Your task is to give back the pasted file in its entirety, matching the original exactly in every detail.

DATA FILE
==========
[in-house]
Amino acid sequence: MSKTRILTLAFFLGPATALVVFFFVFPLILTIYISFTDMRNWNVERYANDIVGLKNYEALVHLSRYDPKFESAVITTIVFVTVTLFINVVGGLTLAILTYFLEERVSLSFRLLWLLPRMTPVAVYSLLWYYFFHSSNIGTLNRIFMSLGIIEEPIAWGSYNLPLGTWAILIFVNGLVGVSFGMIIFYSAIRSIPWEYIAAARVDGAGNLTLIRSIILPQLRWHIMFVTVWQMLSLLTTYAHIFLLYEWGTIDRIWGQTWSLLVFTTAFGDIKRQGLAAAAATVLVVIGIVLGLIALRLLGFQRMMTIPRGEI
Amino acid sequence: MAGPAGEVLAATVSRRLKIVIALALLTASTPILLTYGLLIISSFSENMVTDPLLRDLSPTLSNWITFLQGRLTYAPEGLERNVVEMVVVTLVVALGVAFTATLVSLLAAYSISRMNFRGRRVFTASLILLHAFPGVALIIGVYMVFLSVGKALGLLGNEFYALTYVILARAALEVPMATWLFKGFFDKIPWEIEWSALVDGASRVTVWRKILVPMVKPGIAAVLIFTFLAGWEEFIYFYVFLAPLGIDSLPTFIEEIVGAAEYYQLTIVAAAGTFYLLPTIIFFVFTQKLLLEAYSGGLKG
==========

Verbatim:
[in-house]
Amino acid sequence: MSKTRILTLAFFLGPATALVVFFFVFPLILTIYISFTDMRNWNVERYANDIVGLKNYEALVHLSRYDPKFESAVITTIVFVTVTLFINVVGGLTLAILTYFLEERVSLSFRLLWLLPRMTPVAVYSLLWYYFFHSSNIGTLNRIFMSLGIIEEPIAWGSYNLPLGTWAILIFVNGLVGVSFGMIIFYSAIRSIPWEYIAAARVDGAGNLTLIRSIILPQLRWHIMFVTVWQMLSLLTTYAHIFLLYEWGTIDRIWGQTWSLLVFTTAFGDIKRQGLAAAAATVLVVIGIVLGLIALRLLGFQRMMTIPRGEI
Amino acid sequence: MAGPAGEVLAATVSRRLKIVIALALLTASTPILLTYGLLIISSFSENMVTDPLLRDLSPTLSNWITFLQGRLTYAPEGLERNVVEMVVVTLVVALGVAFTATLVSLLAAYSISRMNFRGRRVFTASLILLHAFPGVALIIGVYMVFLSVGKALGLLGNEFYALTYVILARAALEVPMATWLFKGFFDKIPWEIEWSALVDGASRVTVWRKILVPMVKPGIAAVLIFTFLAGWEEFIYFYVFLAPLGIDSLPTFIEEIVGAAEYYQLTIVAAAGTFYLLPTIIFFVFTQKLLLEAYSGGLKG